Tesco store sign

Tesco has promised Groceries Code Adjudicator Mark White that no suppliers will be delisted if they refuse to sign up to its controversial new system of fulfilment fees.

In an exclusive interview today, White said he has appealing for suppliers to come forward with evidence about the supermarket giant’s move after being bombarded with complaints from suppliers and trade organisations.

The Grocer revealed last week Tesco had written to suppliers announcing new charges for those selling on its online platform or through its Booker operations.

The letter included a warning from chief product officer Ashwin Prasad that Tesco would look at a range of other actions if it did not get supplier sign-up.

“Without introducing a supplier contribution, we would need to take additional decisions on range optimisation, differentiated price and trade plans,” the letter said. “It is important you work with us on the fulfilment fee as we both look to benefit from the investment into serving customers.”

White said he would be meeting with Tesco’s code compliance officer David Ward this week for a scheduled meeting, during which the new charges would top the agenda, but said he had already contacted Tesco about its proposals.

“Whenever one of my retailers makes a change that could potentially affect or does effect suppliers, I engage with that retailer to make sure it doesn’t fall foul of the code,” he said.

“That’s all part of my collaborative approach and that’s exactly what I have been doing, and will continue to do, in response to this proposed introduction of fulfilment fees.”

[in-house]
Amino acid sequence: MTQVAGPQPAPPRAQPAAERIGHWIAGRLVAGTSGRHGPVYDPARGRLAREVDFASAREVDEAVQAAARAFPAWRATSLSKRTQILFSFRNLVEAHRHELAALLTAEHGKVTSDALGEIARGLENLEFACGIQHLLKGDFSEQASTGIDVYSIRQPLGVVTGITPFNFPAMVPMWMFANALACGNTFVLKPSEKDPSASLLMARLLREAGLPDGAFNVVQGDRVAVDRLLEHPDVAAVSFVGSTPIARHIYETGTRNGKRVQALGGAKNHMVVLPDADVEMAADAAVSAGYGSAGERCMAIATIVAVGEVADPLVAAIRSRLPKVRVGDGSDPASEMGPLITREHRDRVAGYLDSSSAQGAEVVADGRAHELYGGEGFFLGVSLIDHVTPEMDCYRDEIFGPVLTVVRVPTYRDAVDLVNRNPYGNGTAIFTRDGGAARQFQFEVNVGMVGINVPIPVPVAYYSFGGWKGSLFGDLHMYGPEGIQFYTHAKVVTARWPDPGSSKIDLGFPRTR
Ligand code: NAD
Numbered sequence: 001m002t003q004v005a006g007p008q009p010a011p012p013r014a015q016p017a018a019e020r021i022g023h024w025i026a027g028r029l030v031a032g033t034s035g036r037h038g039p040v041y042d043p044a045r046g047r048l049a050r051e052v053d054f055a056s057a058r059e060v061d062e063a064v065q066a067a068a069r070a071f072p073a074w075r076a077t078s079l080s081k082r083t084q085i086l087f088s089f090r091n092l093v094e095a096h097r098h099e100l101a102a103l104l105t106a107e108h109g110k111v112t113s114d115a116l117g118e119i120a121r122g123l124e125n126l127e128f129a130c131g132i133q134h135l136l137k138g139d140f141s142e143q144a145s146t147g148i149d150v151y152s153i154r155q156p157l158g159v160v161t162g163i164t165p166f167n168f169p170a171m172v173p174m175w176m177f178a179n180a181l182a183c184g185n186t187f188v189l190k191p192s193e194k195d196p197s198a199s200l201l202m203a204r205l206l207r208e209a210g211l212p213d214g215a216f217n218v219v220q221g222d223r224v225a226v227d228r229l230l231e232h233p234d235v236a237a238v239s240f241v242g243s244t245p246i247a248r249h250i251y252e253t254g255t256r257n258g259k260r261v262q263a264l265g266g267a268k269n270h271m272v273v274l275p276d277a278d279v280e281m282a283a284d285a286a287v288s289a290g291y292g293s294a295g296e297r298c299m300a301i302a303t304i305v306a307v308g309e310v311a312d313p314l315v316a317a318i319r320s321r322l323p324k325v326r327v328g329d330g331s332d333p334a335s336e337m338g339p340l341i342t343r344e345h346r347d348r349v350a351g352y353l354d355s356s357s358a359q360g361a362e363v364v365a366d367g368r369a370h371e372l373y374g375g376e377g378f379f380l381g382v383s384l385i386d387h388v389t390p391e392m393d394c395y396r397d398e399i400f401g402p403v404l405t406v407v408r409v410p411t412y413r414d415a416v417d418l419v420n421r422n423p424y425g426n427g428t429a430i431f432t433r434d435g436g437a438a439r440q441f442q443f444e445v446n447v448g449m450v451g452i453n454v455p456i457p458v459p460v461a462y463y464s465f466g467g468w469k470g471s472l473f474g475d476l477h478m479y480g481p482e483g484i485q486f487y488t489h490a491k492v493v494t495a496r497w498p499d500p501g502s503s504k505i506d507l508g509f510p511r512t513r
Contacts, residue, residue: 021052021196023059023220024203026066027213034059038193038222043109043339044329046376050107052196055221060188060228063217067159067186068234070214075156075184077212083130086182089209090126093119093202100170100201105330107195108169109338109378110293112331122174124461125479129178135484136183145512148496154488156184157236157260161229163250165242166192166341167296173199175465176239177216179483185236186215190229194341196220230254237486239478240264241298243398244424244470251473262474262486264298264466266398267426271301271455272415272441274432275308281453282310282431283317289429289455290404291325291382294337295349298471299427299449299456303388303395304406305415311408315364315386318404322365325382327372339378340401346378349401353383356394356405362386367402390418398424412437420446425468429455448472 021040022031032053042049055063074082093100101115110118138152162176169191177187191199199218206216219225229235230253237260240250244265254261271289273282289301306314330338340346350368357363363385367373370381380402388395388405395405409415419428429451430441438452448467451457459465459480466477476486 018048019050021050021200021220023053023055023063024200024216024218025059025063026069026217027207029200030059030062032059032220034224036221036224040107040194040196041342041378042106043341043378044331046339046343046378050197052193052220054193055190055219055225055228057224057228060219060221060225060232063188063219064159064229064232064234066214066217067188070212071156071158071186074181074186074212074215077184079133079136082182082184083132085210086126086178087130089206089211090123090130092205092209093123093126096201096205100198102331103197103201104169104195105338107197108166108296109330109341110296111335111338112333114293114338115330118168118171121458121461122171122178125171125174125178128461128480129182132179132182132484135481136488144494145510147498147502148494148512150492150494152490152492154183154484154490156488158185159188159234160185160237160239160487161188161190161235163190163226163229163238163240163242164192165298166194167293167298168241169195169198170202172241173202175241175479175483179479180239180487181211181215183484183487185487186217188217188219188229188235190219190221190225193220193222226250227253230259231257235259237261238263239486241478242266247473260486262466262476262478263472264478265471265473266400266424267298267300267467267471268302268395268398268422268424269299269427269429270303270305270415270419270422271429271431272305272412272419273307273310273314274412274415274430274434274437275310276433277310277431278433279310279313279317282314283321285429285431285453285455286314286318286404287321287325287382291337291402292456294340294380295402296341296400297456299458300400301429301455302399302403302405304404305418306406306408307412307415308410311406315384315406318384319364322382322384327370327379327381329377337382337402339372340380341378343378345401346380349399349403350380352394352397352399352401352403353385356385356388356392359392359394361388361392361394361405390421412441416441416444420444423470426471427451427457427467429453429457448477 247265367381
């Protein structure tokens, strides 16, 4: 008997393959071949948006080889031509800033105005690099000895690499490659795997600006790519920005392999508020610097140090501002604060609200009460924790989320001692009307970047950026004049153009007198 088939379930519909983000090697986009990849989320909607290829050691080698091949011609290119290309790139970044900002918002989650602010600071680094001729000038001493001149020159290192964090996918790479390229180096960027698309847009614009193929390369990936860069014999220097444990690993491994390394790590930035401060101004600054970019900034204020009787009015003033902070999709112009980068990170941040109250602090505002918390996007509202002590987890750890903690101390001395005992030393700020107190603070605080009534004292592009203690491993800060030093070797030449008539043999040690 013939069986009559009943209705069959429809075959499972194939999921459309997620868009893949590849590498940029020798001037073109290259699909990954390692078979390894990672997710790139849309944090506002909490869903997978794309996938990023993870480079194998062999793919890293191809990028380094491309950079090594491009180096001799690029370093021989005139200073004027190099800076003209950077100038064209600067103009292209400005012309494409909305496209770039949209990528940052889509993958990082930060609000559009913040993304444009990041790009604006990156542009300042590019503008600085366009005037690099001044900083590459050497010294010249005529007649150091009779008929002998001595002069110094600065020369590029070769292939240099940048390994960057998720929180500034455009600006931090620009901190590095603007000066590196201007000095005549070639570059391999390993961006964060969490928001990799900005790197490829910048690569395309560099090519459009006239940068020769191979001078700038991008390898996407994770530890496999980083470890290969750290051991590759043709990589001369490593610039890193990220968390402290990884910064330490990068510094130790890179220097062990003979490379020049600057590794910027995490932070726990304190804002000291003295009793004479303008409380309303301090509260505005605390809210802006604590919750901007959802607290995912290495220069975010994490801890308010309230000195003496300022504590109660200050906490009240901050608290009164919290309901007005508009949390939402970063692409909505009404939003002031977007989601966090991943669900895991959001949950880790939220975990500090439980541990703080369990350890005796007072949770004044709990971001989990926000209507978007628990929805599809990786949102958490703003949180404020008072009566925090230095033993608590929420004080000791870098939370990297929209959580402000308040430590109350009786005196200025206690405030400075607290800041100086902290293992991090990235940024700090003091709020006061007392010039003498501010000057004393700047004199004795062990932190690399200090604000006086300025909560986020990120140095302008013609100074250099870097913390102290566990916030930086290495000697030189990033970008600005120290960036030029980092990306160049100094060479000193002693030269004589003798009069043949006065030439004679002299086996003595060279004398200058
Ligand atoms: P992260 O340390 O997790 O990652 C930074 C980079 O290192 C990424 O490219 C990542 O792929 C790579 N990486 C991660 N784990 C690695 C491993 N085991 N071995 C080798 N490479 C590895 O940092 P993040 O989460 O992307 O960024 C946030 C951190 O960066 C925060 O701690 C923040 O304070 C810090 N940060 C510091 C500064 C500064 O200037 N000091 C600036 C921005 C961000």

He added: “Tesco has told me this fulfilment fee is voluntary, that suppliers opt in and no one will be delisted if they refuse to agree or refuse to negotiate.

“But obviously it is really important that I hear form suppliers about their experience as part of my continued engagement with Tesco.”

White said Tesco’s letter had raised both “specific and general” areas of potential concern. They are whether Tesco’s letter is effectively a “pay to stay” request, which is banned under GSCOP, and whether it breaks the code for not treating suppliers fairly.

Tesco has said it will charge branded suppliers 12p per unit sold and own brand suppliers 5p per unit.

White said Tesco had also promised that concerned suppliers could contact Ward directly without fear of repercussions.

“He has confirmed to me that any contact with him will be on normal engagement terms, where he absolutely categorically respects their confidentiality.”

Today Prasad told The Grocer: “Our intention with the initial letter was to be transparent and honest and our engagement with suppliers reflects the values of collaborative working that we’ve built with partners over the years. I would encourage any supplier, whether you have questions or concerns, to simply talk to us.

“Our online business remains significantly larger than before the pandemic, and as we said in October, we’ve retained nearly 70% of the customers that we gained over the last few years. Our suppliers have also benefitted from the growth of this channel and this request is about looking for a sustainable solution to rebalance those significant fulfilment costs.”